ROGER: Might as well. 






LAURE: Gécamines-Shenzen is the fourth largest green mining concern in the Democratic Republic of the Congo. We supply about 5,000 tons of nickel and cobalt. Every year, our mine employs thousands of people in Kinsufu, our headquarters. Under my watch as foreman, we have not had a single fatal accident in 18 months. The city benefits from our presence. Frankly speaking, if you flood the market with this cobalt from space, the price will crash. You will destroy all the livelihoods supported by the mine. Our local community and all the schools and educational opportunities will provide. We believe in the green revolution, but we don’t believe all the money should go to one company. It should be shared. The world will be turning its back on us.






ROBOTIC WOMAN’S VOICE: We have brought you food. This is course number one. You have six hours left to negotiate. Please enjoy.


ANEEKA: I’m famished. 


IVY: It does smell good. Thank God those filthy little flies are staying outside. 


ROGER: Looks like rice and beans. And couscous.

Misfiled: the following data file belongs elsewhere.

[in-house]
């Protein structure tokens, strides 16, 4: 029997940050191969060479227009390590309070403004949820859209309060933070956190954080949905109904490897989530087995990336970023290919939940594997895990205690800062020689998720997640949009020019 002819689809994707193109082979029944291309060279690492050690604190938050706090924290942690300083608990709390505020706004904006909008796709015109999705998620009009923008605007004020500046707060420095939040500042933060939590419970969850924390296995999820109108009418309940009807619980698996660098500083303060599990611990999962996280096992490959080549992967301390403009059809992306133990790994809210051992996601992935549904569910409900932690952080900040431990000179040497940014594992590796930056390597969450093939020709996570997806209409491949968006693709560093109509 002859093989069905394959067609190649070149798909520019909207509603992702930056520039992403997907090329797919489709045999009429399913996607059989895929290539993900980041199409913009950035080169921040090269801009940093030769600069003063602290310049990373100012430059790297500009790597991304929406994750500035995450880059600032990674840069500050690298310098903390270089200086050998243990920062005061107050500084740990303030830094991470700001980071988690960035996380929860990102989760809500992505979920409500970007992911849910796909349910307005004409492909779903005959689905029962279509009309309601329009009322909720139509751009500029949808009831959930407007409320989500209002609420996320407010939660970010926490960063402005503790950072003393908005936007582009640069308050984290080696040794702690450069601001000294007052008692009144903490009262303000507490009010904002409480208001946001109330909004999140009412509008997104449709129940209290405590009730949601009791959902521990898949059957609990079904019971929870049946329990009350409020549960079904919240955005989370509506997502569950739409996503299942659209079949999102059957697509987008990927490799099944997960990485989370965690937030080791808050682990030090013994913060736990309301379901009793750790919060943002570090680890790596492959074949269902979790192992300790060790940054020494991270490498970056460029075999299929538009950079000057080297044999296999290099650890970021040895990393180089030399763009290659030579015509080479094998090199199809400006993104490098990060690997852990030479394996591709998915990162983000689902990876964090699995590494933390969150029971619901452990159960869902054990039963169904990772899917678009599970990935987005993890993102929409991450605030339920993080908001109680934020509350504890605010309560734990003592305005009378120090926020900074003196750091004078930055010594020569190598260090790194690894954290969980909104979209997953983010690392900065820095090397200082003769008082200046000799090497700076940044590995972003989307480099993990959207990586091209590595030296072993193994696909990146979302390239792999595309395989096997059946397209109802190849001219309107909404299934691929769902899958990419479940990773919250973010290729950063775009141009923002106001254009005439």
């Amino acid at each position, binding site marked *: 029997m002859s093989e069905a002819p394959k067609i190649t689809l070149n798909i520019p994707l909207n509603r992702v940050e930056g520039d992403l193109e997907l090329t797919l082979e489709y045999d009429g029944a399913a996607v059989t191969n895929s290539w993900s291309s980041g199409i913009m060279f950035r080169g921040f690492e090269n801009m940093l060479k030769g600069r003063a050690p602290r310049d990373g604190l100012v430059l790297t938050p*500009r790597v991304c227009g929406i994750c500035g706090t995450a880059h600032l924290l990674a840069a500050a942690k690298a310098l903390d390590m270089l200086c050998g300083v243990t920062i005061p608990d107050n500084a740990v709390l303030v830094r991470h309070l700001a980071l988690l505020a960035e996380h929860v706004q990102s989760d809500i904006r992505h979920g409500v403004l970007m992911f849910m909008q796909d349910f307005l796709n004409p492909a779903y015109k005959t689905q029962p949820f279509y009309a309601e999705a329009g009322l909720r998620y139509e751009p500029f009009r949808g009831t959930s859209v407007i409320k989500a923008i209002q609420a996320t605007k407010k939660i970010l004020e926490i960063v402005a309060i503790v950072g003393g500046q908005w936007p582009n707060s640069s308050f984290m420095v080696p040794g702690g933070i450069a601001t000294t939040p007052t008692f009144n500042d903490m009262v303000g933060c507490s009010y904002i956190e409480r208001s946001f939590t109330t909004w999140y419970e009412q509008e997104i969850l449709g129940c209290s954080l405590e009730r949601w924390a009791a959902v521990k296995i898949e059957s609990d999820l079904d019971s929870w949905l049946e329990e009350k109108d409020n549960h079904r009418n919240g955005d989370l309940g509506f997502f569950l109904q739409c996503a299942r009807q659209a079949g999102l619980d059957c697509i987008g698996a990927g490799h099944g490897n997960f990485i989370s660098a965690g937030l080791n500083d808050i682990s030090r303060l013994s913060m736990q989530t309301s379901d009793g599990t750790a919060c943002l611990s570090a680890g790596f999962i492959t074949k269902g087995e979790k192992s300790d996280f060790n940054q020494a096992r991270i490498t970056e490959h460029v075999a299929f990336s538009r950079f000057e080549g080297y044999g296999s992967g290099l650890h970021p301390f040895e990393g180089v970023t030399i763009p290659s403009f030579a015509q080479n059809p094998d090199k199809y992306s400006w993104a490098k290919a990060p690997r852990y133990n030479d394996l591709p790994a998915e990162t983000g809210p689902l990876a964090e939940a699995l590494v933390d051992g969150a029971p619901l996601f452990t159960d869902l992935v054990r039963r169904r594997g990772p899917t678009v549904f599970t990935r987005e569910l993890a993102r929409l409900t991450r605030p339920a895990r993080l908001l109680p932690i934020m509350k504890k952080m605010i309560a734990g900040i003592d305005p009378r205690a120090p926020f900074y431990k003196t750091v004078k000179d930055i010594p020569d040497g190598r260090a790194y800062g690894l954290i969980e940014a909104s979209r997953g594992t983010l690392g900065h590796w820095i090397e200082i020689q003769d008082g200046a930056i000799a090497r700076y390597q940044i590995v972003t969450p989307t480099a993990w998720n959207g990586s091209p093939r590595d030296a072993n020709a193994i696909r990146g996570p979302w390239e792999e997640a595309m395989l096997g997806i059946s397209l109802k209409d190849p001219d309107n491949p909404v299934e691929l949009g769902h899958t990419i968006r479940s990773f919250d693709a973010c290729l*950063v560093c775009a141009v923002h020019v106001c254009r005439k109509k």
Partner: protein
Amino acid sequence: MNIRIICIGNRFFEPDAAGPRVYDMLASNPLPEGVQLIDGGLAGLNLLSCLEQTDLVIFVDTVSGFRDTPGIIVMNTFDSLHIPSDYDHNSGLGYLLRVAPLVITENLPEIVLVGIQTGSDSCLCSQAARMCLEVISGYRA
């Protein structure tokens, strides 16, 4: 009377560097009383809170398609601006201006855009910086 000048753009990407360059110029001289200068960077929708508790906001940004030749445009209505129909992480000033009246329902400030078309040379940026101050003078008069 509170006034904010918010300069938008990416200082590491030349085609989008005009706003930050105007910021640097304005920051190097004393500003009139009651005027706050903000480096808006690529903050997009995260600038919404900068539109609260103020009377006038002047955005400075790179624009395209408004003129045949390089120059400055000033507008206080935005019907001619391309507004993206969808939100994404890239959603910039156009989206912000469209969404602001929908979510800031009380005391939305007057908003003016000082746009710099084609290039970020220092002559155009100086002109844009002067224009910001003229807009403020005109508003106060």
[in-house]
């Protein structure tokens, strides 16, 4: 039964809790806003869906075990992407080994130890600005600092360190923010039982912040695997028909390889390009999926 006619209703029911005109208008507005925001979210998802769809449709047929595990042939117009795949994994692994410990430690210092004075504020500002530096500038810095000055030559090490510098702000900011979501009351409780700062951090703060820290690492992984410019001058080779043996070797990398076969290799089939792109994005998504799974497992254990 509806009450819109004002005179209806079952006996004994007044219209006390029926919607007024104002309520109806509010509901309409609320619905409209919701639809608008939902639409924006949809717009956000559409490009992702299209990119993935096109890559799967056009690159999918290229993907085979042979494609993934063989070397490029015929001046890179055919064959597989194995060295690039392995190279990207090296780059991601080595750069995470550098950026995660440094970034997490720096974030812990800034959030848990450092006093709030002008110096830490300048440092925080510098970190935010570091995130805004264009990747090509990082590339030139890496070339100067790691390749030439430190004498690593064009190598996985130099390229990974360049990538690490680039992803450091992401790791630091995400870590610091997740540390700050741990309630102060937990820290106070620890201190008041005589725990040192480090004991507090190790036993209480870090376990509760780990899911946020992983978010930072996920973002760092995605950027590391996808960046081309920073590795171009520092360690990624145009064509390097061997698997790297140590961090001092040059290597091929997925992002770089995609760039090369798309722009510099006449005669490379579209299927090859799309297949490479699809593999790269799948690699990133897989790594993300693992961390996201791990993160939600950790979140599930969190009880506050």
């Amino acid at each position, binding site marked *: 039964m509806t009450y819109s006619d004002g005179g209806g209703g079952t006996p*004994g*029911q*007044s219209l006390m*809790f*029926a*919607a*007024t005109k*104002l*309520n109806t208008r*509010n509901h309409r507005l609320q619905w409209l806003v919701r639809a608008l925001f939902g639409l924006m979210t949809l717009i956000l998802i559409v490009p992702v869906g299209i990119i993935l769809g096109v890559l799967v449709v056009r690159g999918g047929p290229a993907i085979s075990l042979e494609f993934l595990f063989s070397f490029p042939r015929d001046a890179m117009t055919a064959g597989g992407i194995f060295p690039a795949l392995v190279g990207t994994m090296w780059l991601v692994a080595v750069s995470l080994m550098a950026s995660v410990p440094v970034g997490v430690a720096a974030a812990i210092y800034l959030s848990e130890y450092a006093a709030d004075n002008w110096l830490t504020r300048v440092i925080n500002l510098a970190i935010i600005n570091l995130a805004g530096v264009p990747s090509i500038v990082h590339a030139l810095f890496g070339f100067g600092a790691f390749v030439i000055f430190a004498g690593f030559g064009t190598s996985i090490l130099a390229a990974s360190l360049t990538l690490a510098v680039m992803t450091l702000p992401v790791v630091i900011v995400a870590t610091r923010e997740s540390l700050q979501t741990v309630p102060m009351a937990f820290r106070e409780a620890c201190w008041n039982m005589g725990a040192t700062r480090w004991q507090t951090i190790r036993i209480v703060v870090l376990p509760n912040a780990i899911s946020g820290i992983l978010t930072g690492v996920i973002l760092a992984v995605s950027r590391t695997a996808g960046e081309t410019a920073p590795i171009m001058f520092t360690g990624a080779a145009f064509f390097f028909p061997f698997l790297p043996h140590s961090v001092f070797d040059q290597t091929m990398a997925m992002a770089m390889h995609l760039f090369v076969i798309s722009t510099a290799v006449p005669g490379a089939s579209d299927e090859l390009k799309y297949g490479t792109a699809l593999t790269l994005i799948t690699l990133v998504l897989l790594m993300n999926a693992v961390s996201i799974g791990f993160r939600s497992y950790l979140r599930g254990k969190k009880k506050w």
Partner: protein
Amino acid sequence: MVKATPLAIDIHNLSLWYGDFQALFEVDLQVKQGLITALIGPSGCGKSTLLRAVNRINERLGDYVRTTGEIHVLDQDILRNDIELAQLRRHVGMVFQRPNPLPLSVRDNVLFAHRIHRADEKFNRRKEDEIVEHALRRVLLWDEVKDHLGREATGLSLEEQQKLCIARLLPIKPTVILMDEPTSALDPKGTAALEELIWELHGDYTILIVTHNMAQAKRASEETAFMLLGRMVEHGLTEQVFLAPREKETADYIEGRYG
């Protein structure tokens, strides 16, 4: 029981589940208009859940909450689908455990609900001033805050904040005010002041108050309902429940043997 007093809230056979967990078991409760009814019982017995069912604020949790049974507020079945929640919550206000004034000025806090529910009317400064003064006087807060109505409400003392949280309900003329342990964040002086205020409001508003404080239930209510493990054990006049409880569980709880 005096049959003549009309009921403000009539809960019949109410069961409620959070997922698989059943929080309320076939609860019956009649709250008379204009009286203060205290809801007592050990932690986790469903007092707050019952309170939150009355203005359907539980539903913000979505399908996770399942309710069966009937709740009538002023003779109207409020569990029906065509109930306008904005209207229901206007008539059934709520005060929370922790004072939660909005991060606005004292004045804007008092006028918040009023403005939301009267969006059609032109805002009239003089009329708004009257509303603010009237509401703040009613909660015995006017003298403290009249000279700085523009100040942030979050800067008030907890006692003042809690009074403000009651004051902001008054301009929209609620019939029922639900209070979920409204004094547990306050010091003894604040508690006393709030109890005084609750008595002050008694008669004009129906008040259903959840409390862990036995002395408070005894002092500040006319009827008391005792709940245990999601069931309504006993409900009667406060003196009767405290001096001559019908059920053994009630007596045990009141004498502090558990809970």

ROGER: You’ve barely tasted your food, Laure. 


LAURE: It’s cassava. Not couscous. 


ROGER: You eat this in the Congo? 


LAURE: This isn’t what I eat at home. I live well. My cook is … quite good. Yes, I have a cook, Roger. 


ROGER: I didn’t say a thing. 


LAURE: My life is nothing like the children who eat this food. Outside the mine, you see, there are artesian wells. They are not engineered properly. And they collapse. Sometimes mothers die, sometimes the fathers. And the children have nothing left. We do what we can to stop it. We employ as many people as we can locally. Even teach them how to stabilize a mine. But they do not have the time or the tools to do it. Eight hundred orphans eat this food every day, three times a day. I volunteer there once a week. What about you, Aneeka? You’re a researcher. You must have an opinion.